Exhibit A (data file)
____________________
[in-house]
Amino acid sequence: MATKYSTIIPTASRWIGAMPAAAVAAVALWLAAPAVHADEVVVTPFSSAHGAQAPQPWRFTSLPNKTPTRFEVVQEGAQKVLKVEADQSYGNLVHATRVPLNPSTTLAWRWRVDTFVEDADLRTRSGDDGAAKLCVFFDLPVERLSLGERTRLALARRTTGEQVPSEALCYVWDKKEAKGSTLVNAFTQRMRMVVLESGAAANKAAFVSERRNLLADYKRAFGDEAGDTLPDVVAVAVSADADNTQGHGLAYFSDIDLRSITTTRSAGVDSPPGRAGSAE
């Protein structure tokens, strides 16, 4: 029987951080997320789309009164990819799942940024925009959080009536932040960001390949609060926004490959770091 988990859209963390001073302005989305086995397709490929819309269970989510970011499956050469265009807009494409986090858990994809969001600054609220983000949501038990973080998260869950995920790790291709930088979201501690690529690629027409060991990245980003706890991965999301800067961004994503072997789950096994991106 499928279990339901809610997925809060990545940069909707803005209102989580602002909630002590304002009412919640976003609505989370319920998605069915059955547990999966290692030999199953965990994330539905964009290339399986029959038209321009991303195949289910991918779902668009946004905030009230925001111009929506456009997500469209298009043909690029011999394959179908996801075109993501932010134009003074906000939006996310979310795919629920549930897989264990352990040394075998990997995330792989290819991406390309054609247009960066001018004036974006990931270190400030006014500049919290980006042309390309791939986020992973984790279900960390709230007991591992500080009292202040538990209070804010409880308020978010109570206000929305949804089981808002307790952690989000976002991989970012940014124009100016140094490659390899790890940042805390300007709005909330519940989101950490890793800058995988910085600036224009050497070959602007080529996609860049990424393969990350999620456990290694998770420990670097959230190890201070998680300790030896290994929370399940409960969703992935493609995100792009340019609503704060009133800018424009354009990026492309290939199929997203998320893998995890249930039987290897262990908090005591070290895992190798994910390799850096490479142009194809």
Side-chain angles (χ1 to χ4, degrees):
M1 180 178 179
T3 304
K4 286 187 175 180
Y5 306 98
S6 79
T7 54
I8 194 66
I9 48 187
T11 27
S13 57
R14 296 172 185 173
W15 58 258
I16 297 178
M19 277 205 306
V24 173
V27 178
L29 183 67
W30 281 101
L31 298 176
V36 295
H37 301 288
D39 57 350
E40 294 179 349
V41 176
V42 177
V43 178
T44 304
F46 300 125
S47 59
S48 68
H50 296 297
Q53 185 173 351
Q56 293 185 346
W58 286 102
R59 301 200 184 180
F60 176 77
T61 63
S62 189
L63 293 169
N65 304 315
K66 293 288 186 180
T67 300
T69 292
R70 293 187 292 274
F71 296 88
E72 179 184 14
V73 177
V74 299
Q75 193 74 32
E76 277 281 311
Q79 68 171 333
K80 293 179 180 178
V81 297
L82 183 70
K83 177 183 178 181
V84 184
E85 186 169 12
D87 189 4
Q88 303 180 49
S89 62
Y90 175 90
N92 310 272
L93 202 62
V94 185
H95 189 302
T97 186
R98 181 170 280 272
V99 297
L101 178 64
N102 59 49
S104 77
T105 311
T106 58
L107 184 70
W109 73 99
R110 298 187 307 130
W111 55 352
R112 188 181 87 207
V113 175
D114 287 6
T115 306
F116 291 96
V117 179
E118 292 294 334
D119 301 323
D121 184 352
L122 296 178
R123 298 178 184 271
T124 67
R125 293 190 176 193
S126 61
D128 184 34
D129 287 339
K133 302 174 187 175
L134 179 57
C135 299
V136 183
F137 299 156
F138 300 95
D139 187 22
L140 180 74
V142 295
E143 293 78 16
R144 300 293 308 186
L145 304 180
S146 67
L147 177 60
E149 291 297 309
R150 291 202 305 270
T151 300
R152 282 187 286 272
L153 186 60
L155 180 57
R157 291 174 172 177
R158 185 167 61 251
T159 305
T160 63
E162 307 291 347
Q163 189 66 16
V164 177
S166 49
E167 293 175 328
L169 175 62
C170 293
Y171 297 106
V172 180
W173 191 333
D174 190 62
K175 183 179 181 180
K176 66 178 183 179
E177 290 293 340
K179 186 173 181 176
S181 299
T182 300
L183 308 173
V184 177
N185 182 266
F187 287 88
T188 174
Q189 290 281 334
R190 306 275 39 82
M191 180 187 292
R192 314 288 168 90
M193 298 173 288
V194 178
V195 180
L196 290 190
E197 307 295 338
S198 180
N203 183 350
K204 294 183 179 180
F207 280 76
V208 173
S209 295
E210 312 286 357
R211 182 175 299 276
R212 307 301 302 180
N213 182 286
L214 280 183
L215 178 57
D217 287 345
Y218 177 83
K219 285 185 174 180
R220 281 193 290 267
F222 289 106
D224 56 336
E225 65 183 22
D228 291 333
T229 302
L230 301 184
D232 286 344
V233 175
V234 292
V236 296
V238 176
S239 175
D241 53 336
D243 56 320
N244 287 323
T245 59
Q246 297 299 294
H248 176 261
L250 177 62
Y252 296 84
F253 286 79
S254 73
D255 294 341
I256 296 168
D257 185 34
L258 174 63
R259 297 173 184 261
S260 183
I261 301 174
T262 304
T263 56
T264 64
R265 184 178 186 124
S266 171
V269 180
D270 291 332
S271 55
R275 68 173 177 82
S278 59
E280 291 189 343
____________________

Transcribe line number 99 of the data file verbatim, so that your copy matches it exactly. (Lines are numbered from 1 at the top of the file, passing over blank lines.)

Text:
L134 179 57